However, the requirement in subsection 436E(3) of the Corporations Act to give a notice of the first meeting of creditors by advertising in newspapers in paragraph 436E(3)(b) will be retained by the insertion of proposed subsection 436E(3A) by item 69.

Similarly, the requirement in paragraph 450A(1)(b) to advertise in newspapers the appointment of an administrator is being retained and item 78 of Schedule 1 inserts proposed subsection 450A(1A) to provide that a notice under paragraph 450A(1)(b) may be combined with a notice under paragraph 436E(3)(b).

Item 75 of Schedule 1 whilst repealing the subsection 445F(2) which requires advertising in newspapers inserts proposed subsection 445F(2) which requires written notice to be given to as many creditors as reasonably practicable of the meeting of creditors to consider any proposed variation or termination of a DOCA.

The above examples illustrate that the Bill repeals the requirement to advertise in newspapers except where the policy requires it to be done or substituted by written notice.

Amendments relating to electronic communication between administrators and stakeholders

Recommendation 20 of the PJC Report stated that the Australian Government should facilitate making technology and e-commerce options more available to improve communication between administrators and stakeholders in external administration.

Item 120 of Schedule 1 inserts proposed section 600G to permit electronic notification where notices and other documents are required to be sent under Chapter 5 of the Corporations Act which deals with external administration. Proposed subsection 600G(1) lists all the provisions in Chapter 5 where such electronic communication is permitted. Notes have also been inserted to the relevant provisions of Chapter 5 to indicate that a recipient of notices or documents may exercise the option of requesting electronic notification under proposed section 600G.

Proposed subsection 600G(2) provides that if a recipient nominates a fax number, or electronic address, by which the recipient may be notified, the notifier may give or send the notice or document by the nominated method of communication. Proposed subsection 600G(3) permits a recipient to nominate any other electronic means by which the notifier may notify them.

Proposed subsection 600G(4) provides that if a recipient nominates:

(a)    an electronic means (the nominated notification means) by which the recipient may be notified that such notices and documents are available, and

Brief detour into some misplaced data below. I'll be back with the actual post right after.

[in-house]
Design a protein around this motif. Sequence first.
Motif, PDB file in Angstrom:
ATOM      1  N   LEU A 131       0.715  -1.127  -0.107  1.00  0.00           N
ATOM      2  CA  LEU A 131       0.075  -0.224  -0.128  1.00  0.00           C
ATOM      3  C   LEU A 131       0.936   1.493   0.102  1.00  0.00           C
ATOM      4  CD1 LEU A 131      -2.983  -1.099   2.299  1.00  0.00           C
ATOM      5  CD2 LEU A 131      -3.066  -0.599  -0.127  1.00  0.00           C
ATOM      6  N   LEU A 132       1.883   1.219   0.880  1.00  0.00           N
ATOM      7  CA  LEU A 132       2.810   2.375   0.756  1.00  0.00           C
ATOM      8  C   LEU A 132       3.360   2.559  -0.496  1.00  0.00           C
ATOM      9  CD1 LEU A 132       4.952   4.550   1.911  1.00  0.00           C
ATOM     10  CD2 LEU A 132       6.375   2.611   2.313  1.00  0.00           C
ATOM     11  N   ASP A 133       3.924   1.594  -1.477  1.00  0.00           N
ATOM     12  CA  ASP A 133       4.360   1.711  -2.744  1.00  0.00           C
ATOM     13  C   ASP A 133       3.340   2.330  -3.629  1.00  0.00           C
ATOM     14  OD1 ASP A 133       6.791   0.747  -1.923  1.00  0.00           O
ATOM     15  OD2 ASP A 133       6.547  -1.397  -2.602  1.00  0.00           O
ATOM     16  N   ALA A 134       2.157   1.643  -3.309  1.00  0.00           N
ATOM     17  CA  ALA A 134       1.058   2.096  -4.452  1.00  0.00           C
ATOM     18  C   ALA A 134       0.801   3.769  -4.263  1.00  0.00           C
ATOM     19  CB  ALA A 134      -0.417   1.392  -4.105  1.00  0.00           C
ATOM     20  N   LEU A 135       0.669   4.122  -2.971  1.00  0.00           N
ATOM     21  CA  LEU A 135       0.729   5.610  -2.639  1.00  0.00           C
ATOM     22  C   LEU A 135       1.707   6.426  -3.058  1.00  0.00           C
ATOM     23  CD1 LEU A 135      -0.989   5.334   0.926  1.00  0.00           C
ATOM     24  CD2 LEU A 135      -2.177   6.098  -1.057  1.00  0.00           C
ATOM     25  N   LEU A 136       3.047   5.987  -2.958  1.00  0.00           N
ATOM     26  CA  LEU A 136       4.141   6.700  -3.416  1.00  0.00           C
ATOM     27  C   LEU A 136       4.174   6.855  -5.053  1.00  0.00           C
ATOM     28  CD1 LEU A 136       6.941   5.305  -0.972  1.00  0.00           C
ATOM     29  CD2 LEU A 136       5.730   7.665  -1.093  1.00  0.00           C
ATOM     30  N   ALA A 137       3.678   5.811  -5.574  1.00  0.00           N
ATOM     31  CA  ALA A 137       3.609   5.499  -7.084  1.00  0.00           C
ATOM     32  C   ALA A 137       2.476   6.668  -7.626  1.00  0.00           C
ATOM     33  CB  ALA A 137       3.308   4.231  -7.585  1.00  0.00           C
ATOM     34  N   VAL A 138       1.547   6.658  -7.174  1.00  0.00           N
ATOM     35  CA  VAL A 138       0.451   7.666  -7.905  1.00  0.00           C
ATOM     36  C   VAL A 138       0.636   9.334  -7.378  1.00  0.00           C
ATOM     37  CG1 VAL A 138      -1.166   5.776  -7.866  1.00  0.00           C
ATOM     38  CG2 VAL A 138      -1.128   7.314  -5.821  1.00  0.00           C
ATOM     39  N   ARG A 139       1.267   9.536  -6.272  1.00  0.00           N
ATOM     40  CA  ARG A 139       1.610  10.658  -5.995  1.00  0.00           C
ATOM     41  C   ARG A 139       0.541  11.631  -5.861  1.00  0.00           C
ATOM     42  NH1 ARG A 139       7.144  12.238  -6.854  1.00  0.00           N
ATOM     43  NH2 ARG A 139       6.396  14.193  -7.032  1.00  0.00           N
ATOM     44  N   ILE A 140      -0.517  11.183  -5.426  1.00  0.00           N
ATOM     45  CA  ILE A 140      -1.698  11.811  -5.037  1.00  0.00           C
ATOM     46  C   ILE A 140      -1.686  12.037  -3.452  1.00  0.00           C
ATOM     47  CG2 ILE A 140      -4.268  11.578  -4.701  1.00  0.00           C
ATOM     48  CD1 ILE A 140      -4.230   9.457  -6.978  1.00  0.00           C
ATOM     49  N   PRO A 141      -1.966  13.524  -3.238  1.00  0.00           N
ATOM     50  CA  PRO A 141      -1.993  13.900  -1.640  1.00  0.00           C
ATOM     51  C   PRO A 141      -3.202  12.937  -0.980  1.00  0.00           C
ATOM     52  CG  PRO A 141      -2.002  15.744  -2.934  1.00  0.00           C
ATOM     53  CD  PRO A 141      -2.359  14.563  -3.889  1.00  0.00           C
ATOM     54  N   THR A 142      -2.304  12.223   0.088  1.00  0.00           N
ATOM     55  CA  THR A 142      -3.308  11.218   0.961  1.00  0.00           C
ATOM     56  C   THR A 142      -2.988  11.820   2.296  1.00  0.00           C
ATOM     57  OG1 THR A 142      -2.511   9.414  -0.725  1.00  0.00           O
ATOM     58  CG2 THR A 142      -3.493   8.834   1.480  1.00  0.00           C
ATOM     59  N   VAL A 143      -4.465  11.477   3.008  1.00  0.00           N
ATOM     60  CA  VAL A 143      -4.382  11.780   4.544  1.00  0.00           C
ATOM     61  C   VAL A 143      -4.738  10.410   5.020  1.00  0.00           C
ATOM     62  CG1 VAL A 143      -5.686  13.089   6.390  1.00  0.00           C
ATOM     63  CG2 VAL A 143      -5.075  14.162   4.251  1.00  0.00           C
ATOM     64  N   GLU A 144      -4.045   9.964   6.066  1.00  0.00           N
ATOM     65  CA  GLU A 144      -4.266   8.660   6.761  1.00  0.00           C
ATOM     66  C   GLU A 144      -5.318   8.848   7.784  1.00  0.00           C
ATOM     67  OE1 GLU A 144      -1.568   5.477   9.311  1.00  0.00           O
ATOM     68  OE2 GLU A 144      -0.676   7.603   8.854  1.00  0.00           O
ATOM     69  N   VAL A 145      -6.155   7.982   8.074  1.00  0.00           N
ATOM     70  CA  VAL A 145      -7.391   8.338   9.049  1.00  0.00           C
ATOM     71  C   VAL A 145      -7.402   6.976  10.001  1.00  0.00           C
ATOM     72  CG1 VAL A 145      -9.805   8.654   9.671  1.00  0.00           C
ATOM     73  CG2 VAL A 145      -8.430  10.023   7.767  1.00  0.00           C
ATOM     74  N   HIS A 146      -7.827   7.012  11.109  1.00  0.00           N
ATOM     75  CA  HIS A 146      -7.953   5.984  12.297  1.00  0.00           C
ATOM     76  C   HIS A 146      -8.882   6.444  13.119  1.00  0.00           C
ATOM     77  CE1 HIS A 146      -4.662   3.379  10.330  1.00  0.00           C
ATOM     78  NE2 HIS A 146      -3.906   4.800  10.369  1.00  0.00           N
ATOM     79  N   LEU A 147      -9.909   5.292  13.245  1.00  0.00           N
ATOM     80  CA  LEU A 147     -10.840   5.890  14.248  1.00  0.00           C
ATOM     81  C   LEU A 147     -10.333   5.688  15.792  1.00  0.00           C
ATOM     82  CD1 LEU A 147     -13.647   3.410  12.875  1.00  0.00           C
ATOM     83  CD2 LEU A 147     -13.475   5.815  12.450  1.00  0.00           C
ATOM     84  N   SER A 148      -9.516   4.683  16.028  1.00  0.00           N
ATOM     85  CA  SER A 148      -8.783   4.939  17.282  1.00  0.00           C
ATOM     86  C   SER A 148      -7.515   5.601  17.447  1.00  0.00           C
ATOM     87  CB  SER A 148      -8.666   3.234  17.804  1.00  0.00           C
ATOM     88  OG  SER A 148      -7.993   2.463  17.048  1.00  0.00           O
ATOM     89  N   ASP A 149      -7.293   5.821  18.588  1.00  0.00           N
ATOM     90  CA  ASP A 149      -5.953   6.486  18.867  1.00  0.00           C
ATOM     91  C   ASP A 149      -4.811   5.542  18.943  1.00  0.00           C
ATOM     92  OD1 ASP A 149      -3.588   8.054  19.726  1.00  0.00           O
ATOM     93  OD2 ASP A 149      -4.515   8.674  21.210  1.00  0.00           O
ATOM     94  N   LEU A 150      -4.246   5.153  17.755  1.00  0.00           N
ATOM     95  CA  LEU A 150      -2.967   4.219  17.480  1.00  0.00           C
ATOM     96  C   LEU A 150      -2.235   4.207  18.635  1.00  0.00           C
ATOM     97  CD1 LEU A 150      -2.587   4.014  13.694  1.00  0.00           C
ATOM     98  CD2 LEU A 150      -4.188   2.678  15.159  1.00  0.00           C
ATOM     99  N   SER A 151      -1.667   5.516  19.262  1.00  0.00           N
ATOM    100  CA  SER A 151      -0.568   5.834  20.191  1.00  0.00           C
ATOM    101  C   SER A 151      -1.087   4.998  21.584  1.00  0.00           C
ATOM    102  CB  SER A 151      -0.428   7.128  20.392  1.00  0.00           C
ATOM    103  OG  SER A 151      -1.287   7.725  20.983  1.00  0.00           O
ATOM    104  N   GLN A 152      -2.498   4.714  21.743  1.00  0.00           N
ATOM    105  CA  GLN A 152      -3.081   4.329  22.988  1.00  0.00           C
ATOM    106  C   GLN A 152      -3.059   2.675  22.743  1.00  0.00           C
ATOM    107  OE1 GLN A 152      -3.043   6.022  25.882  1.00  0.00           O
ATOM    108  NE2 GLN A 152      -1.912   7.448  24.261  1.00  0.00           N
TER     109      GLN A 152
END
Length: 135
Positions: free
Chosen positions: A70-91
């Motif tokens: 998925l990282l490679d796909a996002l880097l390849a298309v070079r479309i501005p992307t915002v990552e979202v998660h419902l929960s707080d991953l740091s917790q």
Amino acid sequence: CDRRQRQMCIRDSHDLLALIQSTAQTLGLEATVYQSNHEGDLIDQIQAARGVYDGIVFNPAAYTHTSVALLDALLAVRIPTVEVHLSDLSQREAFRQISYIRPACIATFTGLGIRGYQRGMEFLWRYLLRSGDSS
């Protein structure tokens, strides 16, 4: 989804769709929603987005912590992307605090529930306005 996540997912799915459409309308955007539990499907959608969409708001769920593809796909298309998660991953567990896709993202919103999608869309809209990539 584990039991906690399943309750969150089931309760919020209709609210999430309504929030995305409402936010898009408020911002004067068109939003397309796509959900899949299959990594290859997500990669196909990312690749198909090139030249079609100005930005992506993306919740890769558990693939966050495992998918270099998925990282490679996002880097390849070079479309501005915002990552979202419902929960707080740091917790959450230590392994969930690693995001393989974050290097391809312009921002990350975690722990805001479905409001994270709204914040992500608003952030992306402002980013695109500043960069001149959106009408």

(b)   the electronic means (the nominated access means) the recipient may use to access such notices or documents

the notifier may give or send the document to the recipient by notifying the recipient using the nominated means :

(c)    that the notice or document is available, and

(d)   how the recipient may use the nominated access means to access the notice or document.

Proposed subsection 600G(5) provides that a notice or document sent to a fax or electronic address or by other electronic means is taken to be given or sent on the business day after it is sent.

Proposed subsection 600G(6) provides that that a notice or document sent under proposed subsection 600G(4) is taken to be given or sent on the business day after the day the recipient is notified that the notice or document is available.

Other changes in Part 3 of Schedule 1

The other changes which the amendments to the Corporations Act in Part 3 of Schedule 1 give effect to are listed below with references to the items and detailed explanations in the paragraphs of the Explanatory Memorandum (EM) to the Bill).

  • The provisions requiring gazettal of matters relating to controllerships will be repealed. The ASIC database will be the main source of information regarding controllerships (items 65 and 66 paragraphs 4.152 to 4.156 on pages 52 and 53 of the EM).
  • Only managing controllers will be required to maintain separate bank accounts instead of the current requirement that all controllers should maintain separate bank accounts (items 53 to 57 paragraphs 4.157 to 4.161 on pages 53 and 54 of the EM).
  • Managing controllers will be required to report misconduct to ASIC. On failure to do so the Court may, on the application of a person interested in the appointment of the managing controller, direct the managing controller to lodge such a report (items 59 to 64 - paragraphs 4.162 to 4.165 on page 54).